image © Decca Records 2009
click on image for Laura's MySpace
photo © Heidi Ross 2011
(24 April 2011) Laura Jansen's 2009 ten-track album Bells (Decca Records (USA), B0015281-02, 2009) has been released in North America. The stunning 30-something Dutch-American singer songwriter relocated to Los Angeles at age 23 about ten years ago. She released her work on two six-track EPs, one entitled "Trauma" in 2007, and the other with entitled "Single Girl" in 2009. The two EPs were released as together Bells earlier in Holland. In March 2011, the album was released in the USA. The singer is known for the crystalline clarity of her voice, tender ballads and catchy pop-oriented songs.
Bells, according to the artist's own biography, is a dreamy collection of piano-driven alt-pop songs. The album has already gone platinum in Holland, propelled by "Single Girls" and a stunning cover of Kings of Leon's "Use Somebody," which spent more than a year lodged in the Top 10 on the Dutch singles chart. In the USA, Jansen is a fixture in the constellation of artists associated with Los Angeles nightclub The Hotel Café—a musical haven, creative incubator, and ultimately, national launching pad for such confessional-minded artists as Sara Bareilles, Priscilla Ahn, and Joshua Radin, whom Jansen toured with in 2008 and will hit the road with again in 2011.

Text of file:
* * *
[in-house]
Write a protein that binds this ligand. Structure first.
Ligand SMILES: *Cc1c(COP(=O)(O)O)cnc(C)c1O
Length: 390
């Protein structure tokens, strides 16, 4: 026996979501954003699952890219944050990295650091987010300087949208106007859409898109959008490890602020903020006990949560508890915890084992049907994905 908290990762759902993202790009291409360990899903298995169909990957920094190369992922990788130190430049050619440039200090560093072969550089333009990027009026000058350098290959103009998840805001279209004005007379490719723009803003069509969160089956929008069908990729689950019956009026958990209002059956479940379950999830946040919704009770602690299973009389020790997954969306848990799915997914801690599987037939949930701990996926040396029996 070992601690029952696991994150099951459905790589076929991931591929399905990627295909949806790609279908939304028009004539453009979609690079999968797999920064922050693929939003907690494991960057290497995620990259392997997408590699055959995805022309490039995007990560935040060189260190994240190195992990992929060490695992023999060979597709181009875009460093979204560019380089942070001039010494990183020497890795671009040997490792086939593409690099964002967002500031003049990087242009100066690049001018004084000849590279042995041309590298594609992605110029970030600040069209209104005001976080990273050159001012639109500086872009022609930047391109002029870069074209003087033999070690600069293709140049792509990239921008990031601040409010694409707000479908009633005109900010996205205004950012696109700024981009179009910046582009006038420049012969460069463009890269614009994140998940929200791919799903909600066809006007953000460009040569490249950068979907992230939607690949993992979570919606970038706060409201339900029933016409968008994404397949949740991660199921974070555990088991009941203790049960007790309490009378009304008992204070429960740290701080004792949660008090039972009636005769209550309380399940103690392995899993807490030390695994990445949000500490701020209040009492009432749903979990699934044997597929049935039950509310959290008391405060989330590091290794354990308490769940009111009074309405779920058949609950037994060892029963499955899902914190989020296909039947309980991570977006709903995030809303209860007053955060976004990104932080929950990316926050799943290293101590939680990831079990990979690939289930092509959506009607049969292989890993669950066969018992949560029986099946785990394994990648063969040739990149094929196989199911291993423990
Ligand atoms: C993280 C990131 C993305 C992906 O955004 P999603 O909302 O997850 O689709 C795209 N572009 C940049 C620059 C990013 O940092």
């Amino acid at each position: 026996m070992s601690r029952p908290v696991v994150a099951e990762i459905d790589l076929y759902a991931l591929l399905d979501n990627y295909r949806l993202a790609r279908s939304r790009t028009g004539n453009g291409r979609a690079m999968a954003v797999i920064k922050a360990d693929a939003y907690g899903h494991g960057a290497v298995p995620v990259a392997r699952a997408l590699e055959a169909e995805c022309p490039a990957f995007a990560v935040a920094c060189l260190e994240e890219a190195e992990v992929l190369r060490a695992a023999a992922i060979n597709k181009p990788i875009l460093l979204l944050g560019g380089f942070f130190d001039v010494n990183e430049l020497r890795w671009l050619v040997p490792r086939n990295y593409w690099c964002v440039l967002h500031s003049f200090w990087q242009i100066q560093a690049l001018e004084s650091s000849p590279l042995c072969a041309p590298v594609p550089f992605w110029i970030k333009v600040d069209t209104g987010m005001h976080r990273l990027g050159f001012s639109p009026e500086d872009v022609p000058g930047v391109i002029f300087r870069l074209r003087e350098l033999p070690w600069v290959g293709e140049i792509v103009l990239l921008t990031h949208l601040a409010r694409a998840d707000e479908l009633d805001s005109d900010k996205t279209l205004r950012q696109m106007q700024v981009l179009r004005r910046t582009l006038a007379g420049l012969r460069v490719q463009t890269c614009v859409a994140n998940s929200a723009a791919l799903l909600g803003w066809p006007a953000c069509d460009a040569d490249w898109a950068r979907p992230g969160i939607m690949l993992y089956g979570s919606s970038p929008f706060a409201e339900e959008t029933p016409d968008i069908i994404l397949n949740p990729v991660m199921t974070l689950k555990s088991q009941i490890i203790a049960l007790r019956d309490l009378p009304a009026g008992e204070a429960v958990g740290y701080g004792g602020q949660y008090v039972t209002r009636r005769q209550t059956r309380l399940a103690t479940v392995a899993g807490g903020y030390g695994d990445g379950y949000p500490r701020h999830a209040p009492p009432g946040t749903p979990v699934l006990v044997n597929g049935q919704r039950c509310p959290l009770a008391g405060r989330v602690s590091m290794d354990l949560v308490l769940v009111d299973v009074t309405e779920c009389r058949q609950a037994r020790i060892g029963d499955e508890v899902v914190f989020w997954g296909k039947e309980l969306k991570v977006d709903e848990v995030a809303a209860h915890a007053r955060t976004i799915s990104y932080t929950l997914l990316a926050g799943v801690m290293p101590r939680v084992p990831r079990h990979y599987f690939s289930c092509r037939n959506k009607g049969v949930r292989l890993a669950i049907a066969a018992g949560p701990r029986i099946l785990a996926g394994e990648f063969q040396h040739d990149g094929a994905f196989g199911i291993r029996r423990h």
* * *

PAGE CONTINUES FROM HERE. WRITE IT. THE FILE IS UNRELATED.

From her online biography, Laura was born in Breda, Holland, to a Dutch father and an American mother, Jansen began playing piano at age five while the family lived in Brussels, followed by Zurich and Connecticut. "Because of all the moving we did, the piano has always been my constant," she says. Jansen fell in love with classical music, Queen, Joni Mitchell, Barbra Streisand, and the Brazilian protest music her mother loved. In high school, she sang in the choir and performed in musicals. Passionate about politics, Jansen worked at the UN in Geneva and studied political science in college, but backed away after a good friend, a human-rights activist, was killed in Africa. "It made me not want to return to that world because it felt futile," she says, "and music was my solace; the place I went when I didn't understand the world."
Laura spent two years at a music conservatory in Holland, and earned valuable performing experience as a wedding singer, before transferring to Boston’s renowned Berklee College of Music with a scholarship. After graduating, she made good on a long-held fantasy of moving to Nashville to become a songwriter, but froze from intimidation once she got there. "I ended up working in retail and waiting on women like Emmylou Harris and Patty Griffin and wishing I could say something to them," she says. "I couldn’t find my voice." She clearly found her voice for the two EPs that led to Bells and its European and American releases.